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When it comes to the process of change, I have found during my counselling work that there tend to be two approaches; one, to push against it, and two, to embrace it.  The pushing against it may not be an openly violent reaction, and the embracing may not be a headlong rush into newness, and so I guess it might be more of a spectrum than an ‘on-off’ switch.  Nonetheless, all of the clients I see at Ashwood Therapy are somewhere on that scale of being more, or less, open to doing things differently.  When it comes to change, it might be a much better way of doing things to live your life like that, but it’s the getting there that often seems scary.  Crossing over from one way of doing things to another might be desirable, yet translating thoughts into actions can be a different matter.


When there is ‘resistance’, to employ the term used by psychotherapists to indicate a client’s reluctance to engage with the process (of therapy, and of change), this can be difficult to overcome.  What I have found helps is the realization that actually we’re all changing anyway, whether we want to or not!  As you look in the bathroom mirror every morning and are greeted by a familiar face you might contest this ‘change’ that I suggest is happening to us all.  Go to a family wedding around five years after the last one, however, and Uncle Bill or Auntie Flo will not hesitate to let you know that “wow, you’re looking well / have put on a few pounds / seem to be so much more [insert adjective here] than when we last saw you!”  Just because change is happening slowly, doesn’t mean it isn’t happening.


The key to unlocking our natural ability to adapt to our changing circumstances is, I would argue, to accept that opting to not do anything is actually a decision in itself.  Making this decision does not mean that we’ll stay the same, it just means that we’ve decided to try and hang on to how things are right now, which of course in a matter of only a few weeks or months might have changed anyway.  Once we can openly accept that just because we decide not to actively captain the ship, we’re still heading further out into our own personal ocean, we may more confidently take our place at the helm.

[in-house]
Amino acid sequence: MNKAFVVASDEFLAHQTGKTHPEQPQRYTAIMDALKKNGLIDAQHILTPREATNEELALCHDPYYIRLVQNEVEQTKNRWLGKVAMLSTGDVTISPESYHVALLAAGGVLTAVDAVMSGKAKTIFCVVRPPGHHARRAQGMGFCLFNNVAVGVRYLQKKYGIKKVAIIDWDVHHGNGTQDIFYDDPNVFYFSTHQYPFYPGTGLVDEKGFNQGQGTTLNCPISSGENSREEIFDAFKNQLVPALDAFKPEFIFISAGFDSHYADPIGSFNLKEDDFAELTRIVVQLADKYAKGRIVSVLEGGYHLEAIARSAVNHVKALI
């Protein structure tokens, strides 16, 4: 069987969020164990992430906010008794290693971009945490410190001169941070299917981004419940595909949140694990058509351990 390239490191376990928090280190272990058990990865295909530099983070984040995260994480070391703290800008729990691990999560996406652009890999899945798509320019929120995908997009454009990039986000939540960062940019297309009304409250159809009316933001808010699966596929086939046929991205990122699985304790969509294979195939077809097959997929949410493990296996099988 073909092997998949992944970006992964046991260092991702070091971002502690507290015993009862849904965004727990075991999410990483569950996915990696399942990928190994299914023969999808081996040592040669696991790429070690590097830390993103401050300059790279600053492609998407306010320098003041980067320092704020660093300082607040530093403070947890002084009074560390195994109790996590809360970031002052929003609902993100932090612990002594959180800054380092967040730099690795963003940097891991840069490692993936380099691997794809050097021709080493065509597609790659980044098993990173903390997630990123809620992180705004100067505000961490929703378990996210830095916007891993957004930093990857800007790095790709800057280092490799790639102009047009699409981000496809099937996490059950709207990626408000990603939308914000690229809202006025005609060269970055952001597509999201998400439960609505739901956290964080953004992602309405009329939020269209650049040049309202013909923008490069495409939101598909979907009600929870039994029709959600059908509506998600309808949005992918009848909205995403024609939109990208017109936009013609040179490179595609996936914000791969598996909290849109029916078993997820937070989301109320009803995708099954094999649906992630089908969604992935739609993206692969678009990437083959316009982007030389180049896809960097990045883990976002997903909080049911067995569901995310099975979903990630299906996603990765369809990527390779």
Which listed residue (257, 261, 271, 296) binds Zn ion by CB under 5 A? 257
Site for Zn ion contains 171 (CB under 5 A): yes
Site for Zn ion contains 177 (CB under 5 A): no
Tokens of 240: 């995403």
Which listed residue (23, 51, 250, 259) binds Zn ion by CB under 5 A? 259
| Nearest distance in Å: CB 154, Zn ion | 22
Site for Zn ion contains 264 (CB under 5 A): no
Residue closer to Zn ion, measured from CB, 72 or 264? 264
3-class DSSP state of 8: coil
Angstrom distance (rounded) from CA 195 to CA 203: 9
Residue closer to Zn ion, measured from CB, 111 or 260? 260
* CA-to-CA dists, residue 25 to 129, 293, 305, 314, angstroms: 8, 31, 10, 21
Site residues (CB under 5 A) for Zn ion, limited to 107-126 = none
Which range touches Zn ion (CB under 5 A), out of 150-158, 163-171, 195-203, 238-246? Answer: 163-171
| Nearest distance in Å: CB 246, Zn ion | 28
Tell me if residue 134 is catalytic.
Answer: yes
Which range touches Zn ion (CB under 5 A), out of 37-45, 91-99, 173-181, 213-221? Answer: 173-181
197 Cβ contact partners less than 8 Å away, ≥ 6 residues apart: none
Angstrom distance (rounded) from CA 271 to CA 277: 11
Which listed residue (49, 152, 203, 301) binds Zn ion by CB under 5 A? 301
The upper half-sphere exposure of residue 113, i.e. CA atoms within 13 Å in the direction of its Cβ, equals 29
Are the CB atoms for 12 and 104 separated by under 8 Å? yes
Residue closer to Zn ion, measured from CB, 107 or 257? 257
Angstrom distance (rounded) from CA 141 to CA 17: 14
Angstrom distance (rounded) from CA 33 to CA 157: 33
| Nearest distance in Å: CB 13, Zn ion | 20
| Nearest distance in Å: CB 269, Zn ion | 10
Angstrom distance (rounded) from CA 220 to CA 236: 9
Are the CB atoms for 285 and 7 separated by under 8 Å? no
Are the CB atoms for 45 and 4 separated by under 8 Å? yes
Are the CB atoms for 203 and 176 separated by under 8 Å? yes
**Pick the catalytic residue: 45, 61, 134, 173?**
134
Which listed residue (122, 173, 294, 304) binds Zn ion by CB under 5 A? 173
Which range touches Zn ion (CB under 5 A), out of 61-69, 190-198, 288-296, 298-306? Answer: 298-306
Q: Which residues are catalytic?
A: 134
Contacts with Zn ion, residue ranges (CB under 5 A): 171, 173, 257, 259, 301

This acknowledgement, once made, is an irreversible process.  We never stop changing, all the way through our lives, and to deny this is to be in denial about what it means to be human.  I would argue that although contemplating change can be a scary prospect, resolving to look forward out of the windscreen more often than backwards in the rear-view mirror can be the start of a thrilling ride in which we can live more purposefully and with more passion.  Nothing is guaranteed, for sure, whether we like it or not.  Change, as the saying goes, is the only constant.  How would it be to say… bring it on!?


Rob Oglesby MBACP (Accred) B.A. (Hons) BSc | Ashwood Therapy


Ashwood Therapy provides a discreet, confidential and professional online counselling service by encrypted video call, live instant messaging and secure email.  More details, including tips on wellbeing and information on current counselling session pricing, can be found at www.ashwoodtherapy.com


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Change - A Scary Prospect?

Change - A Scary Prospect? | Ashwood Therapy Blog